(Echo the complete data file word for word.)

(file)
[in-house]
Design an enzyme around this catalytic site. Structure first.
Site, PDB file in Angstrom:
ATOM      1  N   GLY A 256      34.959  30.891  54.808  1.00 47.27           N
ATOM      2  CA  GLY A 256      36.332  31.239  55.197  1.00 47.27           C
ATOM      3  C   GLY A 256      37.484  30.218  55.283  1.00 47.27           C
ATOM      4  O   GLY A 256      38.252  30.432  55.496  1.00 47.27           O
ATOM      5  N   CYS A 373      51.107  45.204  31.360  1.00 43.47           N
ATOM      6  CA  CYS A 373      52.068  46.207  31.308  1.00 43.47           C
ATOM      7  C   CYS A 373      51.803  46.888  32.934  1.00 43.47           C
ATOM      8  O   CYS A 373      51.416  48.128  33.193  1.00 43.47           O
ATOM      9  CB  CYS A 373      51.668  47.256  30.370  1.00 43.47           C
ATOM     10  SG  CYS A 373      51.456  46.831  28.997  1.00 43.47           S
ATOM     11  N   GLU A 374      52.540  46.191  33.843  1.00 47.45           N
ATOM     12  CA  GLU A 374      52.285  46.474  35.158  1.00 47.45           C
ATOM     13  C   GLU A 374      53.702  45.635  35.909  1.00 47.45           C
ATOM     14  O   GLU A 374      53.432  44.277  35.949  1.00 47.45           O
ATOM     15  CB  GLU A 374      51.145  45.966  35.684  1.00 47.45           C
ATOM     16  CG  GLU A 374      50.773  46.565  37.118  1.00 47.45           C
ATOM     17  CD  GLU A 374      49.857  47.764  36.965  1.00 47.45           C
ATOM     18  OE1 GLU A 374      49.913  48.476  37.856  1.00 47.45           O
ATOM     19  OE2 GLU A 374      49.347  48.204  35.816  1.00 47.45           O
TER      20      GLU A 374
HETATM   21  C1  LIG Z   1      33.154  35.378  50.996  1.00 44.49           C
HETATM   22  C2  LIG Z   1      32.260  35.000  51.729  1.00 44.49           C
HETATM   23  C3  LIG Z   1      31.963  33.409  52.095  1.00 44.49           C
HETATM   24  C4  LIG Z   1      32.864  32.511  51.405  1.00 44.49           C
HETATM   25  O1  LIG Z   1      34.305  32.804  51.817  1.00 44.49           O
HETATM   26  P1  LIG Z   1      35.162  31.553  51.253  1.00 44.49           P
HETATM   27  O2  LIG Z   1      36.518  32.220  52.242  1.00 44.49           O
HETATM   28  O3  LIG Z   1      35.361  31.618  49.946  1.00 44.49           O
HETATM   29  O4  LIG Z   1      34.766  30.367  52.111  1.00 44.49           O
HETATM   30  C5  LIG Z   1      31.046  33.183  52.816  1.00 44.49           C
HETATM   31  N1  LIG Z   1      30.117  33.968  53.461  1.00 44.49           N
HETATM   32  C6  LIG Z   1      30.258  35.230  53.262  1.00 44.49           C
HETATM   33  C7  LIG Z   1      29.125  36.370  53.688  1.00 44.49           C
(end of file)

[in-house]
Design an enzyme around this catalytic site. Structure first.
Site, PDB file in Angstrom:
ATOM      1  N   GLY A 256      34.959  30.891  54.808  1.00 47.27           N
ATOM      2  CA  GLY A 256      36.332  31.239  55.197  1.00 47.27           C
ATOM      3  C   GLY A 256      37.484  30.218  55.283  1.00 47.27           C
ATOM      4  O   GLY A 256      38.252  30.432  55.496  1.00 47.27           O
ATOM      5  N   CYS A 373      51.107  45.204  31.360  1.00 43.47           N
ATOM      6  CA  CYS A 373      52.068  46.207  31.308  1.00 43.47           C
ATOM      7  C   CYS A 373      51.803  46.888  32.934  1.00 43.47           C
ATOM      8  O   CYS A 373      51.416  48.128  33.193  1.00 43.47           O
ATOM      9  CB  CYS A 373      51.668  47.256  30.370  1.00 43.47           C
ATOM     10  SG  CYS A 373      51.456  46.831  28.997  1.00 43.47           S
ATOM     11  N   GLU A 374      52.540  46.191  33.843  1.00 47.45           N
ATOM     12  CA  GLU A 374      52.285  46.474  35.158  1.00 47.45           C
ATOM     13  C   GLU A 374      53.702  45.635  35.909  1.00 47.45           C
ATOM     14  O   GLU A 374      53.432  44.277  35.949  1.00 47.45           O
ATOM     15  CB  GLU A 374      51.145  45.966  35.684  1.00 47.45           C
ATOM     16  CG  GLU A 374      50.773  46.565  37.118  1.00 47.45           C
ATOM     17  CD  GLU A 374      49.857  47.764  36.965  1.00 47.45           C
ATOM     18  OE1 GLU A 374      49.913  48.476  37.856  1.00 47.45           O
ATOM     19  OE2 GLU A 374      49.347  48.204  35.816  1.00 47.45           O
TER      20      GLU A 374
HETATM   21  C1  LIG Z   1      33.154  35.378  50.996  1.00 44.49           C
HETATM   22  C2  LIG Z   1      32.260  35.000  51.729  1.00 44.49           C
HETATM   23  C3  LIG Z   1      31.963  33.409  52.095  1.00 44.49           C
HETATM   24  C4  LIG Z   1      32.864  32.511  51.405  1.00 44.49           C
HETATM   25  O1  LIG Z   1      34.305  32.804  51.817  1.00 44.49           O
HETATM   26  P1  LIG Z   1      35.162  31.553  51.253  1.00 44.49           P
HETATM   27  O2  LIG Z   1      36.518  32.220  52.242  1.00 44.49           O
HETATM   28  O3  LIG Z   1      35.361  31.618  49.946  1.00 44.49           O
HETATM   29  O4  LIG Z   1      34.766  30.367  52.111  1.00 44.49           O
HETATM   30  C5  LIG Z   1      31.046  33.183  52.816  1.00 44.49           C
HETATM   31  N1  LIG Z   1      30.117  33.968  53.461  1.00 44.49           N
HETATM   32  C6  LIG Z   1      30.258  35.230  53.262  1.00 44.49           C
HETATM   33  C7  LIG Z   1      29.125  36.370  53.688  1.00 44.49           C